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REO Cash Sales Share Falling, But Still High

CoreLogic REO Sales Cash SalesWhile REO sales still had the largest share of all-cash home sales in December 2014, both the share of cash sales that are REO sales and the share of REO sales that are cash sales were down month-over-month, according to data released by CoreLogic on Monday.

REO sales have historically had the largest cash sales share, as they did in December, when 58.4 percent of all REO sales were cash sales. This percentage was down slightly from November's total of 61.1 percent but still well above half. Conversely, REO transactions accounted for 8.8 percent of all cash sales in December, down slightly from 10 percent that was reported in November. By comparison, at their peak, REO sales made up about 23.9 percent of cash sales in January 2011.

"I believe that the slight decrease in REO cash share is due to some seasonal volatility, as we’ve seen this same pattern moving from November to December months since 2010," said Molly Boesel, senior economist with CoreLogic. "I would assume that the REO cash share would trend down a little in 2015 during the year, but then have the potential to edge back up close to 60 percent again at the end of the year."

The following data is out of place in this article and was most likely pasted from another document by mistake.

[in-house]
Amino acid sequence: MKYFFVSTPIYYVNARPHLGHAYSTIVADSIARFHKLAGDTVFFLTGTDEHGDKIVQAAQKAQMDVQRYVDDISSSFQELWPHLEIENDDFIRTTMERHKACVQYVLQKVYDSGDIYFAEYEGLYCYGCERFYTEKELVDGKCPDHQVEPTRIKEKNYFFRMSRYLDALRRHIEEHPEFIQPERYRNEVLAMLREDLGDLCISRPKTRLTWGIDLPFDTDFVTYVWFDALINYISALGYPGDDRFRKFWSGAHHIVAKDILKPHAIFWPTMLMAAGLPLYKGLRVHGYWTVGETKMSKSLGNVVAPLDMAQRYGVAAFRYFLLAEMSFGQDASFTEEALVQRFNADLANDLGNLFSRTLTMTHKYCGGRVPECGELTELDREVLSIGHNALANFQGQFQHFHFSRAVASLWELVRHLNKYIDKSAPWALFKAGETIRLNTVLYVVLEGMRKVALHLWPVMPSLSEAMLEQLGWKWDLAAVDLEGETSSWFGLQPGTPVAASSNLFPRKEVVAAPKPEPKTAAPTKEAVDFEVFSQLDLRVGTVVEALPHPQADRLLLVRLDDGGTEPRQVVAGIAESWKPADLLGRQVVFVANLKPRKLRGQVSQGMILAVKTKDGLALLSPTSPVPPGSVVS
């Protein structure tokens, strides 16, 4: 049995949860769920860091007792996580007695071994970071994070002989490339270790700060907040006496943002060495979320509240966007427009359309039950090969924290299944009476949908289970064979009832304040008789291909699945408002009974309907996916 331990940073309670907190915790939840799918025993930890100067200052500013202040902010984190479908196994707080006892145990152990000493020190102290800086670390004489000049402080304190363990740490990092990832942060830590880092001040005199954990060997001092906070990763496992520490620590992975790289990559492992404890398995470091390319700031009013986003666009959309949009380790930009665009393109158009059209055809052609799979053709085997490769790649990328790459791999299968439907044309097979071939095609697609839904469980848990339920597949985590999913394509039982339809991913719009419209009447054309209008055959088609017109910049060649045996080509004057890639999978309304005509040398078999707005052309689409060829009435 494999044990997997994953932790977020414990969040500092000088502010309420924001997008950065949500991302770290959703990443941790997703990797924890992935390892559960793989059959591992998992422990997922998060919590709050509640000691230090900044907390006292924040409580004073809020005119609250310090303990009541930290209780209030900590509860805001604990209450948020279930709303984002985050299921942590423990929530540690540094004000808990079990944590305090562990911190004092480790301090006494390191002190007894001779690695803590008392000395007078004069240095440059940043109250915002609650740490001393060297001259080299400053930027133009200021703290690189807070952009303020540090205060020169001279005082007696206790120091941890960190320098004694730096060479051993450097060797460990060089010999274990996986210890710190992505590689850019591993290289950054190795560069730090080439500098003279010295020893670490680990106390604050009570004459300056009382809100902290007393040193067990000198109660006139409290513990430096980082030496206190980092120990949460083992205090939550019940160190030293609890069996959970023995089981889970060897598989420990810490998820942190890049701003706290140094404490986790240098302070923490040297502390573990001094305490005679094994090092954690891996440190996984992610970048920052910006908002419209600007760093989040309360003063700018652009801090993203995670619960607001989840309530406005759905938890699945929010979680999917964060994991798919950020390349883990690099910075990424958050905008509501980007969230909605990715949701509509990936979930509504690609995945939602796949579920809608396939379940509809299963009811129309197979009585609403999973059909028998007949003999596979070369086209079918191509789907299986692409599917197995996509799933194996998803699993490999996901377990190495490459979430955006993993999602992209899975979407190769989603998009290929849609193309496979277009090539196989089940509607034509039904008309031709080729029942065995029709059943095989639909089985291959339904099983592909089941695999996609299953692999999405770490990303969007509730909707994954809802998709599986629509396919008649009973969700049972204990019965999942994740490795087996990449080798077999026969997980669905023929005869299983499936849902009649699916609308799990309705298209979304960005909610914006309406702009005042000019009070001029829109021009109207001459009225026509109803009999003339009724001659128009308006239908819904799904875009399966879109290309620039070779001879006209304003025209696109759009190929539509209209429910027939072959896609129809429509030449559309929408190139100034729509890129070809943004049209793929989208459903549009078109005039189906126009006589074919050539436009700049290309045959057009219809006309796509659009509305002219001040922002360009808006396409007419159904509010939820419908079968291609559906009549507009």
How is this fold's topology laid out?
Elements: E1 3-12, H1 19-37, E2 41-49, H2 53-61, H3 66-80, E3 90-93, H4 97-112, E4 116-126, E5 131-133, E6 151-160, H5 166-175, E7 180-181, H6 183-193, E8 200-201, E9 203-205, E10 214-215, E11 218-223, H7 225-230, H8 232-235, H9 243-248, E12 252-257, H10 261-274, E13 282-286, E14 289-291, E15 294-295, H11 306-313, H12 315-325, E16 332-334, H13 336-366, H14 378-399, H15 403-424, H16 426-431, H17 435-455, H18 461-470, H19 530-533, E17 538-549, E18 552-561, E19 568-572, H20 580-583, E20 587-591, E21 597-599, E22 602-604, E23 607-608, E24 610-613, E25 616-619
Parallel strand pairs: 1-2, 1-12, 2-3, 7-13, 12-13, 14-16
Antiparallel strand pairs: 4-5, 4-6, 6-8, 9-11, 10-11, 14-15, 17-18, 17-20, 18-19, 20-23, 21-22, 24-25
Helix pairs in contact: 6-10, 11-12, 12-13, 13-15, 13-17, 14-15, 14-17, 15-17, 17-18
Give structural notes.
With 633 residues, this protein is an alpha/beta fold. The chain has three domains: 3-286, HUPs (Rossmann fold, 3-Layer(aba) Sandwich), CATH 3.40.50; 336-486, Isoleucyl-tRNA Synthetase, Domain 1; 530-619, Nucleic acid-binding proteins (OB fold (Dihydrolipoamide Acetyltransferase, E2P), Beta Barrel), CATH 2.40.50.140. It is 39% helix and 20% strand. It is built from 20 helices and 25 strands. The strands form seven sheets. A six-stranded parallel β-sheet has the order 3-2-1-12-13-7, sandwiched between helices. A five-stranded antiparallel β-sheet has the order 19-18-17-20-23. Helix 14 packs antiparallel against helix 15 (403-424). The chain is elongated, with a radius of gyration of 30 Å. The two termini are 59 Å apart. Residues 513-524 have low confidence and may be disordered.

The percentage of short sales that were all cash sales held steady from November to December at 32.7 percent, and the percentage of newly-constructed home sales that were cash sales declined slightly month-over-month in December at 15.6 percent, down from 16.3 percent in November. The percentage of re-sales that were cash sales ticked slightly upward month-over-month, from 35.2 percent to 35.4 percent.

The decline in REO sales share correlated with the decline in all cash sales for both December 2014 and for the full year. Cash sales accounted for 35.5 percent of all home sales in December, a drop from 38.5 percent in December 2013 – marking 24 consecutive months of year-over-year declines in cash sales share. By comparison, cash sales share averaged approximately 25 percent prior to the housing crisis and reached its peak of 46.5 percent in January 2011 at the height of the foreclosure wave.

About Author: Brian Honea

Brian Honea's writing and editing career spans nearly two decades across many forms of media. He served as sports editor for two suburban newspaper chains in the DFW area and has freelanced for such publications as the Yahoo! Contributor Network, Dallas Home Improvement magazine, and the Dallas Morning News. He has written four non-fiction sports books, the latest of which, The Life of Coach Chuck Curtis, was published by the TCU Press in December 2014. A lifelong Texan, Brian received his master's degree from Amberton University in Garland.
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